This study demonstrates that inpatient harm reduction is associated with reduced inpatient LOS, mortality, and readmission rates, which will benefit patients. Harm reduction is also associated with lower costs and higher contribution margin for hospitals. Therefore, reducing harm not only is the right thing to do for patients but also is financially and clinically prudent. The DRG approach proposed in this study provides a novel and practical approach for hospitals or health systems to evaluate the financial impact of harm.
The authors thank Paul R. Garrett, Jr, MD, for providing invaluable leadership of the GTT project and Donald Kennerly, MD, for conceptualizing cost analysis with all patient harm.
1. Institute of Medicine. Health IT and patient safety
: building safer systems for better care. 2011. Available at: http://www.iom.edu/Reports/2011/Health-IT-and-Patient-Safety-Building-Safer-Systems-for-Better-Care.aspx
. Accessed November 23, 2013.
2. James JT. A new evidence-based estimate of patient harms associated with hospital care. J Patient Saf
3. Landrigan CP, Parry GJ, Bones CB, et al. Temporal trends in rates of patient harm resulting from medical care. N Engl J Med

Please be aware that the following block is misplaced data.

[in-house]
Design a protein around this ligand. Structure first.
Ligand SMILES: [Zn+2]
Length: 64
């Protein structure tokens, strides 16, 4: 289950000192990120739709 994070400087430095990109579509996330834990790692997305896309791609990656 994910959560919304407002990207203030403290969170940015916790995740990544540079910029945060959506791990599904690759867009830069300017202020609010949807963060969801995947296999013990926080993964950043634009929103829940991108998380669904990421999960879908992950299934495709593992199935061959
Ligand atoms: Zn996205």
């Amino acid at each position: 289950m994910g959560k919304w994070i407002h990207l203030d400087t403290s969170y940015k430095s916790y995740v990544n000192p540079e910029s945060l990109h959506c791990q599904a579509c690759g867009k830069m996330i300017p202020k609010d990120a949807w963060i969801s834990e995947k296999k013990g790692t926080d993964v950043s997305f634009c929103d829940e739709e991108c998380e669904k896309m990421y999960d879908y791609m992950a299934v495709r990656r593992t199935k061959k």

4. Department of Health and Human Services, Office of Inspector General. Adverse Events in Hospitals: National Incidence Among Medicare Beneficiaries
. Washington, DC: HHS; 2010; OEI-06-09-00090. Available at: http://oig.hhs.gov/oei/reports/oei-06-09-00090.pdf
. Accessed October 10, 2014.
5. Partnership for patients: “It's about time”, say quality expert. Healthcare Benchmarks Qual Improv
6. Wang Y, Eldridge N, Metersky ML, et al. National trends in patient safety
for four common conditions, 2005-2011. N Engl J Med
. 2014;370:341–351 doi:10.1056/NEJMsa1300991. PubMed PMID: 24450892.
7. Classen DC, Resar R, Griffin F, et al. ‘Global trigger tool